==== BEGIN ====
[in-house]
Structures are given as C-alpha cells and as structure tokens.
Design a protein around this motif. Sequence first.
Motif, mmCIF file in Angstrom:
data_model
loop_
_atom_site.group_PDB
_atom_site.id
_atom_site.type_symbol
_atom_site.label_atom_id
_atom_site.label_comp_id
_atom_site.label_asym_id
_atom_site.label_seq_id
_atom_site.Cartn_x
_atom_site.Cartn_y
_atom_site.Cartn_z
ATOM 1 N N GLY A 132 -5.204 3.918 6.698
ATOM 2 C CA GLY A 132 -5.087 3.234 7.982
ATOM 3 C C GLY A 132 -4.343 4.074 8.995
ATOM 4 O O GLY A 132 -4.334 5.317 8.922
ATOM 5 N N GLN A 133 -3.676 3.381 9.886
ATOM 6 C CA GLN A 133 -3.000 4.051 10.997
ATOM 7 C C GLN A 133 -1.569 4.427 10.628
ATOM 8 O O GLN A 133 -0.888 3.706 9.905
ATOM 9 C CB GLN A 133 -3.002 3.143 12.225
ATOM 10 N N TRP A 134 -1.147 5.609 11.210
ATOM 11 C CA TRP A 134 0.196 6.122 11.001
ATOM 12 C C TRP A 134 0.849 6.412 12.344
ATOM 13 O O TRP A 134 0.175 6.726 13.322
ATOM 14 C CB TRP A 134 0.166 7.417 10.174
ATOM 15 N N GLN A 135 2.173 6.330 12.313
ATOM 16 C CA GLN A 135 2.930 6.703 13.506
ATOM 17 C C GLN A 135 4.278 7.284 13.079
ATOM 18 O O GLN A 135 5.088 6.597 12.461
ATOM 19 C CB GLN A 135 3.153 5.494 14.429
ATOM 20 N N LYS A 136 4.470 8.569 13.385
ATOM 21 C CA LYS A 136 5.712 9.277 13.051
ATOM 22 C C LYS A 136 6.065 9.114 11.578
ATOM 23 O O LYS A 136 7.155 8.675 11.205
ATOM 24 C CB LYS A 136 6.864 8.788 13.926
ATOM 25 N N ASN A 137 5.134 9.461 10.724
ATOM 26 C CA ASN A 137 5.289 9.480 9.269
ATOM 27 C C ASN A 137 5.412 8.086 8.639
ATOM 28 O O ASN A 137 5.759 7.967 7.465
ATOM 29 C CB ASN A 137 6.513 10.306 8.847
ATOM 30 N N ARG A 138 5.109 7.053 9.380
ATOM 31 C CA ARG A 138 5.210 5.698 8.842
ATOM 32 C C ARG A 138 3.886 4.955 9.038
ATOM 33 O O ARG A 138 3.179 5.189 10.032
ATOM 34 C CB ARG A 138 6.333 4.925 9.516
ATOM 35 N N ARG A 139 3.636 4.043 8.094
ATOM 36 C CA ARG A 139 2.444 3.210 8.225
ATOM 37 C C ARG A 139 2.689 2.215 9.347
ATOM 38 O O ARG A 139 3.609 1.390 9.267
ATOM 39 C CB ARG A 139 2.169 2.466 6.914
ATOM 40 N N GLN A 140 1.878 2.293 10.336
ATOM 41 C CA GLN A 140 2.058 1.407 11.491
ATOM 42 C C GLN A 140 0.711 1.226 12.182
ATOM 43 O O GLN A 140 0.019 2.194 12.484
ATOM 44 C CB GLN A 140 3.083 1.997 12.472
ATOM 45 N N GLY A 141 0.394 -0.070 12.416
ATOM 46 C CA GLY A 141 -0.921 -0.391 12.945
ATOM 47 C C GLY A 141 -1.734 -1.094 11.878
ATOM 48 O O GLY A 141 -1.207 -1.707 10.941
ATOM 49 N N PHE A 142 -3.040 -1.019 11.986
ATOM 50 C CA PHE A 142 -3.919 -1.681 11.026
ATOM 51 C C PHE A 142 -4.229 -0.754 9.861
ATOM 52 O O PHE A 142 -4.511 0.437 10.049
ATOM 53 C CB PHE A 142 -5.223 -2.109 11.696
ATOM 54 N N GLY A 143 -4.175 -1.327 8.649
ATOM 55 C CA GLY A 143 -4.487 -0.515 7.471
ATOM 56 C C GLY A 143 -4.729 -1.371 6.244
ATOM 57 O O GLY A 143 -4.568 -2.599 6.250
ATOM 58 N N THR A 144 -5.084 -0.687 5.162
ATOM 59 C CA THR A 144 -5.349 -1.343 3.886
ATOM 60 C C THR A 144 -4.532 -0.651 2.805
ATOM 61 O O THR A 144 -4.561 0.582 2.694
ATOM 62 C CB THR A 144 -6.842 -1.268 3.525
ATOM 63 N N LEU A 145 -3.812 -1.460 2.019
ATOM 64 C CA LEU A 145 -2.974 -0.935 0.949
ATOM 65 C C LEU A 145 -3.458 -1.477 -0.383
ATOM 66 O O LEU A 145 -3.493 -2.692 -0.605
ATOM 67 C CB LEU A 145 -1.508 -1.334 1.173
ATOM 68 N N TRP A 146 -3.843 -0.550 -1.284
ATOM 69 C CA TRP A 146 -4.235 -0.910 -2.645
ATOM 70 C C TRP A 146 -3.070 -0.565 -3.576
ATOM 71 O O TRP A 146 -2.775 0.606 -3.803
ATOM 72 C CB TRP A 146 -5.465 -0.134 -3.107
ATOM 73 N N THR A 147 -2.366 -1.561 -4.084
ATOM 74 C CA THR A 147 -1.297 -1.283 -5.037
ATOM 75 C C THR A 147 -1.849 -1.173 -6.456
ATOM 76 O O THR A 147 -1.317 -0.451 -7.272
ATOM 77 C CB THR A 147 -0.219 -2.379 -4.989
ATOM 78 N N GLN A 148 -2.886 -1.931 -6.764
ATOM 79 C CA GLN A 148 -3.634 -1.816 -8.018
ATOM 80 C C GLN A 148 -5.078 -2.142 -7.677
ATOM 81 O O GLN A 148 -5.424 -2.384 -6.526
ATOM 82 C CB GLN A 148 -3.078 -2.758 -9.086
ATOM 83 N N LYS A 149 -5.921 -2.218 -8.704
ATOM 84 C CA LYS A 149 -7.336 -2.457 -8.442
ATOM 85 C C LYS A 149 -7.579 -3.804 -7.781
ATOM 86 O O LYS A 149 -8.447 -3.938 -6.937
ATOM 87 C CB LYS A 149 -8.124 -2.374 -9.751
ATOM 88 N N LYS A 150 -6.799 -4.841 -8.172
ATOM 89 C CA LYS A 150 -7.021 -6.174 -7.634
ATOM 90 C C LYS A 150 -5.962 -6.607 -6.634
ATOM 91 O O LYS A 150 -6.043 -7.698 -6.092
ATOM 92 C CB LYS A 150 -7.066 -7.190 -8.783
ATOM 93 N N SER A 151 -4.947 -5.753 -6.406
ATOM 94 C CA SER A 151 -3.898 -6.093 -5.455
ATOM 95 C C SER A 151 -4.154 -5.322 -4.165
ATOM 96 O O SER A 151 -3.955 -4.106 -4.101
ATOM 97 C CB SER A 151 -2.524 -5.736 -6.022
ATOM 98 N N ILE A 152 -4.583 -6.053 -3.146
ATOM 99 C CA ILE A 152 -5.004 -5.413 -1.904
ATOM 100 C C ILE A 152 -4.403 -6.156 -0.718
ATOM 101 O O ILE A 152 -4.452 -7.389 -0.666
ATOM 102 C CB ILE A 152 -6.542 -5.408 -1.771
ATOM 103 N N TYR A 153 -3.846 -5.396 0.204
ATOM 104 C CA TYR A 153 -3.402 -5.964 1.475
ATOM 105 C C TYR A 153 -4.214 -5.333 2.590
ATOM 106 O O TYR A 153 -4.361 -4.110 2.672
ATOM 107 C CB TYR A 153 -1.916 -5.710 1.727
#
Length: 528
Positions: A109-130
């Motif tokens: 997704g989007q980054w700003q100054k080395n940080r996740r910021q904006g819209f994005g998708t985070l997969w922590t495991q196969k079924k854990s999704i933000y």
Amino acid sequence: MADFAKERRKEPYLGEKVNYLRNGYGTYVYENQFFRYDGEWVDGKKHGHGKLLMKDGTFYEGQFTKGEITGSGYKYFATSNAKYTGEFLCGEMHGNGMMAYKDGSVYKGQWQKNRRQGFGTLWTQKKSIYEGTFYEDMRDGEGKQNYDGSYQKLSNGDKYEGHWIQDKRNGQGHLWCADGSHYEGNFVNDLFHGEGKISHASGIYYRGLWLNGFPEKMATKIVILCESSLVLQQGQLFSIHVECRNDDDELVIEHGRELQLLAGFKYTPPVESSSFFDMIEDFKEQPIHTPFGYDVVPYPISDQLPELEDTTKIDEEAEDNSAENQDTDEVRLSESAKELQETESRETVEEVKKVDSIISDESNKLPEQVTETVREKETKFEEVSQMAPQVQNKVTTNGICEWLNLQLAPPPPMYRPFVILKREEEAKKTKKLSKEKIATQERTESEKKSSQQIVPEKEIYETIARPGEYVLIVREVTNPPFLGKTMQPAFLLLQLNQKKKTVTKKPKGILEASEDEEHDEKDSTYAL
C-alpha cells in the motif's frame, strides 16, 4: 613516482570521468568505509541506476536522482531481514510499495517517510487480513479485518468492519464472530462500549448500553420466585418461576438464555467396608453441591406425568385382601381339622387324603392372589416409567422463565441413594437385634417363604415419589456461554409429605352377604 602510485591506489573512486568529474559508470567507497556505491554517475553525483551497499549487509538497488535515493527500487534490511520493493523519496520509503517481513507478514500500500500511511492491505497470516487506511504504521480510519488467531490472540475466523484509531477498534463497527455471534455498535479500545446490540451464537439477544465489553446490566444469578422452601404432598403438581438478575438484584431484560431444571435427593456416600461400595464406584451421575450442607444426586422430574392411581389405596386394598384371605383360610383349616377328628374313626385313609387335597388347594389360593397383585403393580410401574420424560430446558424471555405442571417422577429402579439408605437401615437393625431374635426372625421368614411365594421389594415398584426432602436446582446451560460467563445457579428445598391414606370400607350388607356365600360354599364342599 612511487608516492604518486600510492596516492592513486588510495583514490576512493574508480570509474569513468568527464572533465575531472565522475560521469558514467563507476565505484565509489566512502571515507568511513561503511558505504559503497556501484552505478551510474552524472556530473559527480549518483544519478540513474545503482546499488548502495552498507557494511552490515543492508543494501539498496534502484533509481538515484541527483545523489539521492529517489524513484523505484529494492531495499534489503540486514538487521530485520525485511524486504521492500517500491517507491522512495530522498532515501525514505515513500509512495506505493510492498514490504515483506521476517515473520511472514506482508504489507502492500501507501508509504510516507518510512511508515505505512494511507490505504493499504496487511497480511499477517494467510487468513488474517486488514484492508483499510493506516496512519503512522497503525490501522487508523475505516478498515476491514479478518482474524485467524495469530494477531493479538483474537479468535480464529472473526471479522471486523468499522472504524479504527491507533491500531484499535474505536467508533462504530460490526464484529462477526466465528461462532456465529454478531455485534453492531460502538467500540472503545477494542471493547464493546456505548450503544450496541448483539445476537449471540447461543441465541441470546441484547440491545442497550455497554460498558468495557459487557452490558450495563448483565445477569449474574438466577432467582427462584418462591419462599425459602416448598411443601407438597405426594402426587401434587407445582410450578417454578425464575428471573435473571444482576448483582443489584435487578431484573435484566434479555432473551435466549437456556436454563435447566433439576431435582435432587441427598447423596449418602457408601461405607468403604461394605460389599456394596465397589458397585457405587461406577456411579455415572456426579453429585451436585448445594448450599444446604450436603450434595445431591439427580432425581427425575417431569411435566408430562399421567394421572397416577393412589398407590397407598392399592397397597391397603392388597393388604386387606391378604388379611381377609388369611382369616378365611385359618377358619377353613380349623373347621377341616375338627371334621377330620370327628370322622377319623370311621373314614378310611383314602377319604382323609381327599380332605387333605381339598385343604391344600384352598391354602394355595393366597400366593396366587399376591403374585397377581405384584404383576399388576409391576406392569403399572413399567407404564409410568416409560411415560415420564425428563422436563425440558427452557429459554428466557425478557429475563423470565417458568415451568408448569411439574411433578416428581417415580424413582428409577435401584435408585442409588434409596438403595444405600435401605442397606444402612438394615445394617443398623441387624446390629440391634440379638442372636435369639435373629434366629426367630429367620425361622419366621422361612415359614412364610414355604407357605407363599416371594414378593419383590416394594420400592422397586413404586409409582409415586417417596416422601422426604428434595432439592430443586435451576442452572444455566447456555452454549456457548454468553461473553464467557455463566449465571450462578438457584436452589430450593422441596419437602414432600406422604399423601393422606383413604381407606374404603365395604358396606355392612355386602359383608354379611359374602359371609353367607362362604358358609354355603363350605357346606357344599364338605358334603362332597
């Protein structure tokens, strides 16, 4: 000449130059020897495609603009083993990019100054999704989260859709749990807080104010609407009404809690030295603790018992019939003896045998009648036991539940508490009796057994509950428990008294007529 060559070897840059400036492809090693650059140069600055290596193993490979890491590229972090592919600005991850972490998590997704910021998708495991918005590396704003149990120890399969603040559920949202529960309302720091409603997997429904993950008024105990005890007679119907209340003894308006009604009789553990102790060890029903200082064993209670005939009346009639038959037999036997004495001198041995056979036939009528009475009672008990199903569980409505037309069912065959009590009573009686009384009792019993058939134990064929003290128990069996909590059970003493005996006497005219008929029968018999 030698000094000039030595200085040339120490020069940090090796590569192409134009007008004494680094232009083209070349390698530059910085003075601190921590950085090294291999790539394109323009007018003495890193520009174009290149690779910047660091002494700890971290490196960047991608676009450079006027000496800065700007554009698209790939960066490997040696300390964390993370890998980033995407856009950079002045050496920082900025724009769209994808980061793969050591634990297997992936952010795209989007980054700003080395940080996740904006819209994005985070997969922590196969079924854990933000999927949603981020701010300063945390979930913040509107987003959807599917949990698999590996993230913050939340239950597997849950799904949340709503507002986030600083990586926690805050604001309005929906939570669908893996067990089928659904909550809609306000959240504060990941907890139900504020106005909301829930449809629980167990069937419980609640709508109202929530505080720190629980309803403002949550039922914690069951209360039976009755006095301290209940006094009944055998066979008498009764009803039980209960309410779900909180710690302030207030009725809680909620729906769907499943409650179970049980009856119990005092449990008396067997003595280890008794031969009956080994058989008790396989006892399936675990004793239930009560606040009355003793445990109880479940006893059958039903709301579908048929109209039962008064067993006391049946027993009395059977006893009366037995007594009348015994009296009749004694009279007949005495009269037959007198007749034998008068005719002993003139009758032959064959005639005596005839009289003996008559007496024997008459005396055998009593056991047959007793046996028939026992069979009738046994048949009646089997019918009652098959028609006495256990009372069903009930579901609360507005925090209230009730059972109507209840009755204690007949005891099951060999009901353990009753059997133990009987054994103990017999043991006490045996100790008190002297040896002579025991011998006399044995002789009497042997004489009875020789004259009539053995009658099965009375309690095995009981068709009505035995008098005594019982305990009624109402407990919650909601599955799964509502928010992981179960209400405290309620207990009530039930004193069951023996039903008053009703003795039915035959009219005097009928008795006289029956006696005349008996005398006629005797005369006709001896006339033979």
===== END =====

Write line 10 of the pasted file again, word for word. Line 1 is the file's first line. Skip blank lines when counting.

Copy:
_atom_site.label_atom_id